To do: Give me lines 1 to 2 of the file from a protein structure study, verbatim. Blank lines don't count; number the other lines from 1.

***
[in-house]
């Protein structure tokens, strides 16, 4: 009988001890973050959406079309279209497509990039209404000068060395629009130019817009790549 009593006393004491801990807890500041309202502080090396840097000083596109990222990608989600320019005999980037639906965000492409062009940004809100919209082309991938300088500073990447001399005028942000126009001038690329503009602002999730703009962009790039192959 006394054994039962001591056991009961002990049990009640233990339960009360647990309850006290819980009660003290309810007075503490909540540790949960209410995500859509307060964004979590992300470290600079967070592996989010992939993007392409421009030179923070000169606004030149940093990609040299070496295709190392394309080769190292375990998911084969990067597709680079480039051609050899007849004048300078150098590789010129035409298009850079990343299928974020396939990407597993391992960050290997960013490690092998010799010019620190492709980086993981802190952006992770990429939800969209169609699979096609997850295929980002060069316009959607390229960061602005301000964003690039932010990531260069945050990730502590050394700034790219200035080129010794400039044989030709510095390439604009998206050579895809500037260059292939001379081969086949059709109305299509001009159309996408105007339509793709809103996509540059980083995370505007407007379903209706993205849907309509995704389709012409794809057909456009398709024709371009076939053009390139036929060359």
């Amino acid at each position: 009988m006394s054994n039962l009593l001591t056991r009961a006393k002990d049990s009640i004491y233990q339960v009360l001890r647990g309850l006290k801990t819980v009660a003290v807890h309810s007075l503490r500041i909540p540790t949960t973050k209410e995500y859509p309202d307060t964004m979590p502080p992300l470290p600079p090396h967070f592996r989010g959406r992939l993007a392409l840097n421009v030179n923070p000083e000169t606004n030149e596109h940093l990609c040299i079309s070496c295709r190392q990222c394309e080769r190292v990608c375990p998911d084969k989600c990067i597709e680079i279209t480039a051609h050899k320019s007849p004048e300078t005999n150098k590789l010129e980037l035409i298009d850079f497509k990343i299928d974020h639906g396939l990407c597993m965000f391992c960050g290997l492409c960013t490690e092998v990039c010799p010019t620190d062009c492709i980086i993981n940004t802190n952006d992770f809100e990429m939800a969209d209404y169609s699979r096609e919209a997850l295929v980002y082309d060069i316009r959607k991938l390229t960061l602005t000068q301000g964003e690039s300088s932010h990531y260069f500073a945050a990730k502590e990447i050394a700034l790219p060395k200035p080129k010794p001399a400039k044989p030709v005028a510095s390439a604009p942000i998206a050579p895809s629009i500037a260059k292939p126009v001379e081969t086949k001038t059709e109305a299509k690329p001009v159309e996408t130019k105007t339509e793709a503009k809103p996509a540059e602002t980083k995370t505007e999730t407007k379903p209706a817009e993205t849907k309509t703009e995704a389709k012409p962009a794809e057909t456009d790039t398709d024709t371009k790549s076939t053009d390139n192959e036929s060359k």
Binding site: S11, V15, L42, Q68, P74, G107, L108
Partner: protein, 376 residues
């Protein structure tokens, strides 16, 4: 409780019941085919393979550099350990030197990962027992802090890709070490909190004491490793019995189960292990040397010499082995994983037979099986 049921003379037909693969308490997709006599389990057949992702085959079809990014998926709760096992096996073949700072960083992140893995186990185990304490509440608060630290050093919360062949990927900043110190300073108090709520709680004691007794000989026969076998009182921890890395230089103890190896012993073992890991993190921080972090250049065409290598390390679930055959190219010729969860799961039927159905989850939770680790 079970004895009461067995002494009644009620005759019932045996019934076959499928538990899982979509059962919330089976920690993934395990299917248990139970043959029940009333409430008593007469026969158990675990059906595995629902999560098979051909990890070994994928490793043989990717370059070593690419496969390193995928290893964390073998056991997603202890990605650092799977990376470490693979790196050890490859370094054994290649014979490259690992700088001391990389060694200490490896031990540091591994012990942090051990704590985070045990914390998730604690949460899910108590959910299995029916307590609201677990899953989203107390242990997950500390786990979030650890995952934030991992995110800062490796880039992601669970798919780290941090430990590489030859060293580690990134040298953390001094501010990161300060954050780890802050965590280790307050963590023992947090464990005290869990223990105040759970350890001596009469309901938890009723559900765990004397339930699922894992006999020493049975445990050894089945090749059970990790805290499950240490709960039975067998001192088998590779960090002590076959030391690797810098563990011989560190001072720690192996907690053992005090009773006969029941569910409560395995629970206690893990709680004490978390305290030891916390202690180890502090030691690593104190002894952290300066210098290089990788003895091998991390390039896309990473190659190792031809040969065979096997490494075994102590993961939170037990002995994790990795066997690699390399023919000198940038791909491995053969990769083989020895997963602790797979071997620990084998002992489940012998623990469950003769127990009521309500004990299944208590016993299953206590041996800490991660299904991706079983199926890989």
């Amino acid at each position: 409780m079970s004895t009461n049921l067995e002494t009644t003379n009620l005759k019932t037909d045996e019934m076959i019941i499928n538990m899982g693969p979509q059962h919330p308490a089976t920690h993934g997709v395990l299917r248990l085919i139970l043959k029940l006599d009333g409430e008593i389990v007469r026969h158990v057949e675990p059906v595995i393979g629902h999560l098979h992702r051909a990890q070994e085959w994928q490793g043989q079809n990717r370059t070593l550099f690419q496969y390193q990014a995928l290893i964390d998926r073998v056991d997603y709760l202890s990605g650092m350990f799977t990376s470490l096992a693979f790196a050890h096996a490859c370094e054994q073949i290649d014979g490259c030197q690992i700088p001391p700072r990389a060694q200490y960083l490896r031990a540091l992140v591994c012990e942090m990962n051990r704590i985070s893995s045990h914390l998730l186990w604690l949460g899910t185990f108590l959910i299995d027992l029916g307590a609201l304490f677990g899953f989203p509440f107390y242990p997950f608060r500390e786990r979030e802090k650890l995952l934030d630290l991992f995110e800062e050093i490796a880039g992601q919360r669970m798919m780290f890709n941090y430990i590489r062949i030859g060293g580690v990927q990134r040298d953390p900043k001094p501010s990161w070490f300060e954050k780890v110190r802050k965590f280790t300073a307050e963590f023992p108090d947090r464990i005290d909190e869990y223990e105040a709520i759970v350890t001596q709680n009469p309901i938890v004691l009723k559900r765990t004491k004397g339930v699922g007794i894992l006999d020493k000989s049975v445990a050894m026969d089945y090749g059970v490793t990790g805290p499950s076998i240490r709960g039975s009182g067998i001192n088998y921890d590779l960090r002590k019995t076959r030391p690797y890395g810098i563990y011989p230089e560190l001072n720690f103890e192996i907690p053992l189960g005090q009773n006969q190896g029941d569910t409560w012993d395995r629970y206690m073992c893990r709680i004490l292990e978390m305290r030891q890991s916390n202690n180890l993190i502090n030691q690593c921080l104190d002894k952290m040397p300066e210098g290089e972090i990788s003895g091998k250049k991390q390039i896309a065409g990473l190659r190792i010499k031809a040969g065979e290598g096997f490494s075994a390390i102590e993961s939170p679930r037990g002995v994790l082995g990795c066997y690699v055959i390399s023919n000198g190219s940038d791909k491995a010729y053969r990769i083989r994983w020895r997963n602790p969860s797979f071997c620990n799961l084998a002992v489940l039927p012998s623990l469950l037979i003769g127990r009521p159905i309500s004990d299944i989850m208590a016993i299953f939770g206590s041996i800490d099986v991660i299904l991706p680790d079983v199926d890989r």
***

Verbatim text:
[in-house]
């Protein structure tokens, strides 16, 4: 009988001890973050959406079309279209497509990039209404000068060395629009130019817009790549 009593006393004491801990807890500041309202502080090396840097000083596109990222990608989600320019005999980037639906965000492409062009940004809100919209082309991938300088500073990447001399005028942000126009001038690329503009602002999730703009962009790039192959 006394054994039962001591056991009961002990049990009640233990339960009360647990309850006290819980009660003290309810007075503490909540540790949960209410995500859509307060964004979590992300470290600079967070592996989010992939993007392409421009030179923070000169606004030149940093990609040299070496295709190392394309080769190292375990998911084969990067597709680079480039051609050899007849004048300078150098590789010129035409298009850079990343299928974020396939990407597993391992960050290997960013490690092998010799010019620190492709980086993981802190952006992770990429939800969209169609699979096609997850295929980002060069316009959607390229960061602005301000964003690039932010990531260069945050990730502590050394700034790219200035080129010794400039044989030709510095390439604009998206050579895809500037260059292939001379081969086949059709109305299509001009159309996408105007339509793709809103996509540059980083995370505007407007379903209706993205849907309509995704389709012409794809057909456009398709024709371009076939053009390139036929060359």